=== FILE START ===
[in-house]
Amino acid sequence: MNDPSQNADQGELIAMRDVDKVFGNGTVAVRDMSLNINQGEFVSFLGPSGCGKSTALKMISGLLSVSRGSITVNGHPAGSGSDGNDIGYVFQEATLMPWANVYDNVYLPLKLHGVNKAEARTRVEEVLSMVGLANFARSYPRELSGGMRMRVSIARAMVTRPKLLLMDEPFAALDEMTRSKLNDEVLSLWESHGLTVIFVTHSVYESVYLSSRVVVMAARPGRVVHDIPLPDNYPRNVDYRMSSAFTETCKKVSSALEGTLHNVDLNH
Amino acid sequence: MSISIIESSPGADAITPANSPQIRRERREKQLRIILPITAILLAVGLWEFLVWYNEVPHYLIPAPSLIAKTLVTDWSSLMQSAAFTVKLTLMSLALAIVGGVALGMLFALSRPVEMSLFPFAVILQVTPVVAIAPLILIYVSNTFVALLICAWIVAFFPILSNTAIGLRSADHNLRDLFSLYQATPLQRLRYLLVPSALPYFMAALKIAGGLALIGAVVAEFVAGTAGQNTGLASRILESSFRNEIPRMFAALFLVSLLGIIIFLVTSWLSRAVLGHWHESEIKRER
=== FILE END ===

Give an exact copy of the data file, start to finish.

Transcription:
[in-house]
Amino acid sequence: MNDPSQNADQGELIAMRDVDKVFGNGTVAVRDMSLNINQGEFVSFLGPSGCGKSTALKMISGLLSVSRGSITVNGHPAGSGSDGNDIGYVFQEATLMPWANVYDNVYLPLKLHGVNKAEARTRVEEVLSMVGLANFARSYPRELSGGMRMRVSIARAMVTRPKLLLMDEPFAALDEMTRSKLNDEVLSLWESHGLTVIFVTHSVYESVYLSSRVVVMAARPGRVVHDIPLPDNYPRNVDYRMSSAFTETCKKVSSALEGTLHNVDLNH
Amino acid sequence: MSISIIESSPGADAITPANSPQIRRERREKQLRIILPITAILLAVGLWEFLVWYNEVPHYLIPAPSLIAKTLVTDWSSLMQSAAFTVKLTLMSLALAIVGGVALGMLFALSRPVEMSLFPFAVILQVTPVVAIAPLILIYVSNTFVALLICAWIVAFFPILSNTAIGLRSADHNLRDLFSLYQATPLQRLRYLLVPSALPYFMAALKIAGGLALIGAVVAEFVAGTAGQNTGLASRILESSFRNEIPRMFAALFLVSLLGIIIFLVTSWLSRAVLGHWHESEIKRER